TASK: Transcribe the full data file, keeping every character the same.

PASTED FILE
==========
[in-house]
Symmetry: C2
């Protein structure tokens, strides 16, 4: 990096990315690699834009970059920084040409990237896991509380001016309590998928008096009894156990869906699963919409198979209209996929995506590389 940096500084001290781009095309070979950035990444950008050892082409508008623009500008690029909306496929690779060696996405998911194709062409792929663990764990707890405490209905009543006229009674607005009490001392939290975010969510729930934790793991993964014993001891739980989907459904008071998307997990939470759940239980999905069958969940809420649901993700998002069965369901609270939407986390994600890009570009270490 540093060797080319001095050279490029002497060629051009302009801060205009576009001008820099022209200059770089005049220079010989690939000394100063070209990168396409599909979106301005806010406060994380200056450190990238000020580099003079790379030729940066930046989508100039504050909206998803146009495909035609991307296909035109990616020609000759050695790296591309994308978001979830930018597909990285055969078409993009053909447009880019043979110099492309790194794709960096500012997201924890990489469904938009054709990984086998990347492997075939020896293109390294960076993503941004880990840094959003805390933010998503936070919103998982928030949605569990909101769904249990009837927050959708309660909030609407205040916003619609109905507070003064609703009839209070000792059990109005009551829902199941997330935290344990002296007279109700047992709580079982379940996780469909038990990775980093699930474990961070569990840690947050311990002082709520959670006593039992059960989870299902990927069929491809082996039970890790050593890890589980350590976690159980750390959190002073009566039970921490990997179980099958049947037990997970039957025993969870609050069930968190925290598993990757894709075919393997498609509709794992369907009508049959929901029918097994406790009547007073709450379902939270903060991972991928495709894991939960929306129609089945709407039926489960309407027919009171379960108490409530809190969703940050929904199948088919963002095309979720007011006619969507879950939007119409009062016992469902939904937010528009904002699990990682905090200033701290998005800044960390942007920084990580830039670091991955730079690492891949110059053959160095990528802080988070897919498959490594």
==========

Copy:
[in-house]
Symmetry: C2
């Protein structure tokens, strides 16, 4: 990096990315690699834009970059920084040409990237896991509380001016309590998928008096009894156990869906699963919409198979209209996929995506590389 940096500084001290781009095309070979950035990444950008050892082409508008623009500008690029909306496929690779060696996405998911194709062409792929663990764990707890405490209905009543006229009674607005009490001392939290975010969510729930934790793991993964014993001891739980989907459904008071998307997990939470759940239980999905069958969940809420649901993700998002069965369901609270939407986390994600890009570009270490 540093060797080319001095050279490029002497060629051009302009801060205009576009001008820099022209200059770089005049220079010989690939000394100063070209990168396409599909979106301005806010406060994380200056450190990238000020580099003079790379030729940066930046989508100039504050909206998803146009495909035609991307296909035109990616020609000759050695790296591309994308978001979830930018597909990285055969078409993009053909447009880019043979110099492309790194794709960096500012997201924890990489469904938009054709990984086998990347492997075939020896293109390294960076993503941004880990840094959003805390933010998503936070919103998982928030949605569990909101769904249990009837927050959708309660909030609407205040916003619609109905507070003064609703009839209070000792059990109005009551829902199941997330935290344990002296007279109700047992709580079982379940996780469909038990990775980093699930474990961070569990840690947050311990002082709520959670006593039992059960989870299902990927069929491809082996039970890790050593890890589980350590976690159980750390959190002073009566039970921490990997179980099958049947037990997970039957025993969870609050069930968190925290598993990757894709075919393997498609509709794992369907009508049959929901029918097994406790009547007073709450379902939270903060991972991928495709894991939960929306129609089945709407039926489960309407027919009171379960108490409530809190969703940050929904199948088919963002095309979720007011006619969507879950939007119409009062016992469902939904937010528009904002699990990682905090200033701290998005800044960390942007920084990580830039670091991955730079690492891949110059053959160095990528802080988070897919498959490594």